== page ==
25 July 2016

10 Reasons To Learn Chinese Using Songs

Language learners’ knowledge of strategy for language learning directly affects their language performance. The chart below shows that the biggest challenge when learning a new language is not having enough time. Using songs as a support to learn Chinese is ideal because it does not take much time to listen to a song. The activity can be repeated easily many times a day or incorporated into learner’s daily routine. Study shows that there is a positive correlation between language learners’ exposure to music and their language achievement.

The second biggest challenge is keeping up the motivation. Chinese language is grouped as one of the most difficult languages for English speakers to learn because the two languages are very different. It is easy to lose motivation when a target language is perceived to be too difficult to master. Being able to access fun learning materials increases language learners’ motivation and fuel their interest to learn more about the target language. Listening to music is an enjoyable activity for most people. Injecting entertainment into language learning will increase learner’s enjoyment and people want to keep doing what is enjoyable.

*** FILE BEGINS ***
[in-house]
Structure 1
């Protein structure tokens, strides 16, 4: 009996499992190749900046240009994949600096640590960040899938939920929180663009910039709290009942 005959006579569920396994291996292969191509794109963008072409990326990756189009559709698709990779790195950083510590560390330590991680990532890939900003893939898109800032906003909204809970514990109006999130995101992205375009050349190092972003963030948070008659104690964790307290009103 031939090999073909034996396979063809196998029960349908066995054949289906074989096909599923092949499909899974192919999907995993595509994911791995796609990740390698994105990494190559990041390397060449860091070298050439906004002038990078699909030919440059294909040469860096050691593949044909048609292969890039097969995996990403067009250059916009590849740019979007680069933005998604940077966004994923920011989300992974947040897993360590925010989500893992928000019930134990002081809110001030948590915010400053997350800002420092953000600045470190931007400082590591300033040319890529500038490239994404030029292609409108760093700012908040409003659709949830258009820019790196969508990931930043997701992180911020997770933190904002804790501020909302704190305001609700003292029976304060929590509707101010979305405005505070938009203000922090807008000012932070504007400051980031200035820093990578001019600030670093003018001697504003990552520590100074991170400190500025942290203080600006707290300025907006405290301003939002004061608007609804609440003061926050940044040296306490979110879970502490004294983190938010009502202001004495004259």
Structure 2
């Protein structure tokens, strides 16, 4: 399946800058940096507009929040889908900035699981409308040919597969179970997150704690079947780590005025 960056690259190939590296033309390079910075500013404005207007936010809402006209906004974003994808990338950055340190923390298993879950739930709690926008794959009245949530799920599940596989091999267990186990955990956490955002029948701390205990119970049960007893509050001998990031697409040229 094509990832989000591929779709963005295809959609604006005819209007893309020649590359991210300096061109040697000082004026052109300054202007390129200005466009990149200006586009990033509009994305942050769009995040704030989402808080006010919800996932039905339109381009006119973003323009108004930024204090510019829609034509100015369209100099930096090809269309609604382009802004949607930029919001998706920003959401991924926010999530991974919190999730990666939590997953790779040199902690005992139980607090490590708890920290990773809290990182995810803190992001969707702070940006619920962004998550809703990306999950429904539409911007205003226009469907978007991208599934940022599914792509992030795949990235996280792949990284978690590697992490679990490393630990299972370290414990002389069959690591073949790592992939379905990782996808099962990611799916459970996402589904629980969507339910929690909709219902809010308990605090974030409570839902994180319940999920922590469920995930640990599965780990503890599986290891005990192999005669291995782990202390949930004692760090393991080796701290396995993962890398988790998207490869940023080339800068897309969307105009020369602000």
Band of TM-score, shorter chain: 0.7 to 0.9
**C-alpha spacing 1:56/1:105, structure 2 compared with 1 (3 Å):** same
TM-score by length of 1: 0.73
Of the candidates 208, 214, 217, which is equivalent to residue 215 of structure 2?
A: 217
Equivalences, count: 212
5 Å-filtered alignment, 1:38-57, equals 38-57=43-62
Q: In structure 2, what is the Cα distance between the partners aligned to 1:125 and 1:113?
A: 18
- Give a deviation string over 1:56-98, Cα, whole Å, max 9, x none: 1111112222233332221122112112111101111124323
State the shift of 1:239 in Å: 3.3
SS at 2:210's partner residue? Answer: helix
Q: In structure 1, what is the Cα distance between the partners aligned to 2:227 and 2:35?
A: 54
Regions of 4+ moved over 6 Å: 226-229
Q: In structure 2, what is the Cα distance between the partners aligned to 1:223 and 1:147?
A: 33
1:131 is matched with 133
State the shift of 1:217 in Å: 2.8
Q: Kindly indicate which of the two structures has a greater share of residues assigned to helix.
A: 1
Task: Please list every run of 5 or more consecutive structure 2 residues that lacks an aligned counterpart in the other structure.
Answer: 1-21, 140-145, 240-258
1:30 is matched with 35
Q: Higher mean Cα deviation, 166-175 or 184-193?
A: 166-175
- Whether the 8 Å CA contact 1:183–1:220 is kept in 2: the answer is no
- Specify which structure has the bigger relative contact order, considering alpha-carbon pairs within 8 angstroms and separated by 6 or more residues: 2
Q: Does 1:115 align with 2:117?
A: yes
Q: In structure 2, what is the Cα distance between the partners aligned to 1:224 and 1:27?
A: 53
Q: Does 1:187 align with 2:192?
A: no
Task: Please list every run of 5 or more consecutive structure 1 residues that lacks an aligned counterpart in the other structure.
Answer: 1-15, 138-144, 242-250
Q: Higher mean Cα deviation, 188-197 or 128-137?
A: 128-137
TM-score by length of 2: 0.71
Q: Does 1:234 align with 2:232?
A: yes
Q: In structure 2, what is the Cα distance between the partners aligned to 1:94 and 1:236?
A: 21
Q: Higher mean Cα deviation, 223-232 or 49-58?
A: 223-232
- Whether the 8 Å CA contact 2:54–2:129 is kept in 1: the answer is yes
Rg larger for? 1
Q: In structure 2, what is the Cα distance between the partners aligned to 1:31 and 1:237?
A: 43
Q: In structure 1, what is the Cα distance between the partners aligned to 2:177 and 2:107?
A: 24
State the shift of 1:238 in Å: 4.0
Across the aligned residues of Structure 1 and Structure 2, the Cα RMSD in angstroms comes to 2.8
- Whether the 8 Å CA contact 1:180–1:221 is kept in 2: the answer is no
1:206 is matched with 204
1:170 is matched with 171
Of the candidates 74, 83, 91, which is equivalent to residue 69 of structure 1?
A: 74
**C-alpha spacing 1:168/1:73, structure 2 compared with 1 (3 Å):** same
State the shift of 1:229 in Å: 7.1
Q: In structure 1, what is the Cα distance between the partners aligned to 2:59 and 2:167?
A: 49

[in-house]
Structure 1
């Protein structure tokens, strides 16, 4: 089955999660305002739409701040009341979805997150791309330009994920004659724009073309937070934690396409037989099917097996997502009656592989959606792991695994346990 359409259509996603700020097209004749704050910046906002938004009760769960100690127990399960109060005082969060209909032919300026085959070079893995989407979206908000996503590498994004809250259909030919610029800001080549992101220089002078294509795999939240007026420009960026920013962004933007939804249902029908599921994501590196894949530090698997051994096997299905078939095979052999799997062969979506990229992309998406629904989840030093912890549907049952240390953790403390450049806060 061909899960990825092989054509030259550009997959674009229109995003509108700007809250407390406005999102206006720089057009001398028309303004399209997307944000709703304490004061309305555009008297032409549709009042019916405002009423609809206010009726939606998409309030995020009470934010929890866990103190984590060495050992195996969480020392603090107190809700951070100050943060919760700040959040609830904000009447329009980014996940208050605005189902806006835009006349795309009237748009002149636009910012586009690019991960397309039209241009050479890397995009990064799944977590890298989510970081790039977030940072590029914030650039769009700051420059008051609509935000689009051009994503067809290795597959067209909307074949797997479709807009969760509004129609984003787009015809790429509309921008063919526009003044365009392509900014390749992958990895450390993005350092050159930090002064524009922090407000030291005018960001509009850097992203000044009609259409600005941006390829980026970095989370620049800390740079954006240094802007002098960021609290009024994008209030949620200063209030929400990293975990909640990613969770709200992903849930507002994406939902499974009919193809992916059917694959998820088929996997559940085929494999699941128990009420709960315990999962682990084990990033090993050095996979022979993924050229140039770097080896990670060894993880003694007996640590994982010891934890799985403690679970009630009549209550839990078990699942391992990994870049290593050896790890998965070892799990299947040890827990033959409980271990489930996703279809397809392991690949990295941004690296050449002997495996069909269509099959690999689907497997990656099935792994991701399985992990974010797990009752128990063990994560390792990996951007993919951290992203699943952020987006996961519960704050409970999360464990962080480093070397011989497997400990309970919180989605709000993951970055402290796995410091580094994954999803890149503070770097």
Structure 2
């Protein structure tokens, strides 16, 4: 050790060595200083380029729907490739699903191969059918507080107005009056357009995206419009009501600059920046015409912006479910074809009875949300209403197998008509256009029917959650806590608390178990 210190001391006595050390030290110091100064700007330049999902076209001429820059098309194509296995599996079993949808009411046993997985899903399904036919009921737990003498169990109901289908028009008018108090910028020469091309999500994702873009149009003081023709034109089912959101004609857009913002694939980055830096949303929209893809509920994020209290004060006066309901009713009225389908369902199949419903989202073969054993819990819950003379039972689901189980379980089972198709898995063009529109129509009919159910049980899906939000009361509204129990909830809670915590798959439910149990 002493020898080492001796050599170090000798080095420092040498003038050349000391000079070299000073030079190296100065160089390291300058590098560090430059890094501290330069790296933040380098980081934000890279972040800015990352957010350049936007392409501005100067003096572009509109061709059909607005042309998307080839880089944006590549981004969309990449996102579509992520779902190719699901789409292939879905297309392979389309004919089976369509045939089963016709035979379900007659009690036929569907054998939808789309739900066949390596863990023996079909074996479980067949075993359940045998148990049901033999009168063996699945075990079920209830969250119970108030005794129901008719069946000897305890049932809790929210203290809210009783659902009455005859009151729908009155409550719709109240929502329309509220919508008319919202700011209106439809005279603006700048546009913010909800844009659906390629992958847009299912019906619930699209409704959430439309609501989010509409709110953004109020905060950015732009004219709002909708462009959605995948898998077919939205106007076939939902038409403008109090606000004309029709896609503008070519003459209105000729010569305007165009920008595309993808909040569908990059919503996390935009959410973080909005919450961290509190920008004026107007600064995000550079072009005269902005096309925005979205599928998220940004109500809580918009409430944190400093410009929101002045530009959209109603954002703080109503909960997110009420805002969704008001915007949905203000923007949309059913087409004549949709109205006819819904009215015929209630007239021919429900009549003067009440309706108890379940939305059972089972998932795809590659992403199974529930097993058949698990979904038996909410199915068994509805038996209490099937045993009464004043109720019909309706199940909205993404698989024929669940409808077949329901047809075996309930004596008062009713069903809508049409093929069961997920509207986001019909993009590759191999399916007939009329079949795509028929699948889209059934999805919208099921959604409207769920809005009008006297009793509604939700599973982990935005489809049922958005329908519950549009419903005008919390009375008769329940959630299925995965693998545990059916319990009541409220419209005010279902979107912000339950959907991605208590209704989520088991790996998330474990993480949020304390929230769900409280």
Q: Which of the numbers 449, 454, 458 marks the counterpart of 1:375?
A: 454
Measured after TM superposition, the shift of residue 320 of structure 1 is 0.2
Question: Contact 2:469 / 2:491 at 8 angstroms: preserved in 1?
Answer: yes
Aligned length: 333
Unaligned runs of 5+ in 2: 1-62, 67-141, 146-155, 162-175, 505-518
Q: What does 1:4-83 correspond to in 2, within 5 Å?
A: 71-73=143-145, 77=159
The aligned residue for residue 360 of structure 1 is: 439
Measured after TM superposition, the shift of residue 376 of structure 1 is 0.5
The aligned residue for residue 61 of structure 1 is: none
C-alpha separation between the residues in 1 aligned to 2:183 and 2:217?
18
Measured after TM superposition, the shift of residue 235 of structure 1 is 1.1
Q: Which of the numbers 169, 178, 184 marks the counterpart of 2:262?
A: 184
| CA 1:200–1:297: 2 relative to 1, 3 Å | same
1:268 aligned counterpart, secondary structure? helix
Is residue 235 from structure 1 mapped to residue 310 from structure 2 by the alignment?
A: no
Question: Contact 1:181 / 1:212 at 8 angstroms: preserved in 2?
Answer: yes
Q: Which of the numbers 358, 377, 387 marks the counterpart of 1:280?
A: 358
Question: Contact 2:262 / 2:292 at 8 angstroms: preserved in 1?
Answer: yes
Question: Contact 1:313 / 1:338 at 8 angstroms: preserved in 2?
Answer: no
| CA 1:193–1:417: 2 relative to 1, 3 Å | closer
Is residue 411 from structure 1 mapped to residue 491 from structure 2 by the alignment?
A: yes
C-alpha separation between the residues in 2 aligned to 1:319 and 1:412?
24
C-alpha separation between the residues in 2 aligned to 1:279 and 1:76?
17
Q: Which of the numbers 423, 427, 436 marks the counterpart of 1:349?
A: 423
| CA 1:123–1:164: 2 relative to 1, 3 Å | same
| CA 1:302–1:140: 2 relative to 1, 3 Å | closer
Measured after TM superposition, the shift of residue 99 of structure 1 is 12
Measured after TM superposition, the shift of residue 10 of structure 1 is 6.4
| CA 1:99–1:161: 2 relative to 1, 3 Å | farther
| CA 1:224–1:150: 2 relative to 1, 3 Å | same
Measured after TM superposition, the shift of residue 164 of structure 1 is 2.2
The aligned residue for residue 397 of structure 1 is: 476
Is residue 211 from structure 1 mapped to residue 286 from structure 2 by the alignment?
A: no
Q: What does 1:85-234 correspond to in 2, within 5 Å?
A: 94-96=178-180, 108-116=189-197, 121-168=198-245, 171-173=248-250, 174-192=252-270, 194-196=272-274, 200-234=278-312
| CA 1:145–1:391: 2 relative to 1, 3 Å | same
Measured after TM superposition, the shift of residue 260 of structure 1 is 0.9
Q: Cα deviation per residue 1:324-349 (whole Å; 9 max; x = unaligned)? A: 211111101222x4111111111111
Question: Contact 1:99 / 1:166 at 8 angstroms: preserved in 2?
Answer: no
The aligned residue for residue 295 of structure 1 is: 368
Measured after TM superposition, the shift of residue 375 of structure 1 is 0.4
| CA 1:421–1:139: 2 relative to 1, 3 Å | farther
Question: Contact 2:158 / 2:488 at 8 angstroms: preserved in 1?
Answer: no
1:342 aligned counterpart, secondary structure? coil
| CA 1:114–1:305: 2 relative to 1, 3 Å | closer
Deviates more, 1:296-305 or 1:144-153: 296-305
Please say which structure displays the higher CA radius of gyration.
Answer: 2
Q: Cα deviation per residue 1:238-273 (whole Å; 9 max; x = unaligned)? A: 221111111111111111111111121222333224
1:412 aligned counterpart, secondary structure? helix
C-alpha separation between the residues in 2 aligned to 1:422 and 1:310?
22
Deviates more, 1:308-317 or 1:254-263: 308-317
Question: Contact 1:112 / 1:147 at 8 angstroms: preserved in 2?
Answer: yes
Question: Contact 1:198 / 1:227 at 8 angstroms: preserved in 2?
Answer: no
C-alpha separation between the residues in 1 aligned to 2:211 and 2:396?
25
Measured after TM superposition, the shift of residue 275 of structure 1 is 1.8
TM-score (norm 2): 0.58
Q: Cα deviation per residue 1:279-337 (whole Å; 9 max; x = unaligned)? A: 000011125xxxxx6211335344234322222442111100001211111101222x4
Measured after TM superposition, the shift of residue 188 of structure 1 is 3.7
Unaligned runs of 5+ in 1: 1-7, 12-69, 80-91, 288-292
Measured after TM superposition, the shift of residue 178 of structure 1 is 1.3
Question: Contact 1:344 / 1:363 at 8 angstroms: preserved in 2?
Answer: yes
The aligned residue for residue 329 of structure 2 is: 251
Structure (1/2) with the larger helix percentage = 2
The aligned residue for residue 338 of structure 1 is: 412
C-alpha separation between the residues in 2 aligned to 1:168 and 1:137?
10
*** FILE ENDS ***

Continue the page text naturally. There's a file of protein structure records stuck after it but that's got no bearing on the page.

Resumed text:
The next challenge is having no access to native speakers. When learners learn the target language in an English speaking environment, listening to target language songs is a good way to receive native speaker’s input and hone pronunciation and listening skills. It creates more chances for learners to be surrounded by the target language outside of their Chinese classes. One problem language learners faces when it comes to listening comprehension is not being able to recognise the words they learn from texts when spoken. Songs provide a channel for language learners to hear how words are pronounced in different contexts by different people.

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Most language learner’s oral practice occurs in the classroom. Most people do not practice speaking outside the classroom. Thus, listening to a song and singing along encourages learners to practice the target language orally outside classroom hours. The more oral participation, the better learner’s language development is.

Here are the 10 benefits of using songs to learn Chinese:

1. Learn new vocabularies

It is not enough to rely on textbook to acquire new vocabularies. Playing songs is a good channel to enable incidental vocabulary gain on many topics. Watching music videos with subtitles also increases incidental vocabulary learning.

2. Result in better memorisation

People will remember new words especially quick if the words are of interest, appear in a memorable context, or appear frequently. This is when songs are especially useful. Songs usually repeat certain phrases over and over, which makes them memorable through excessive exposure. Memorable tunes also support the learning process.

3. Can lead to long term retention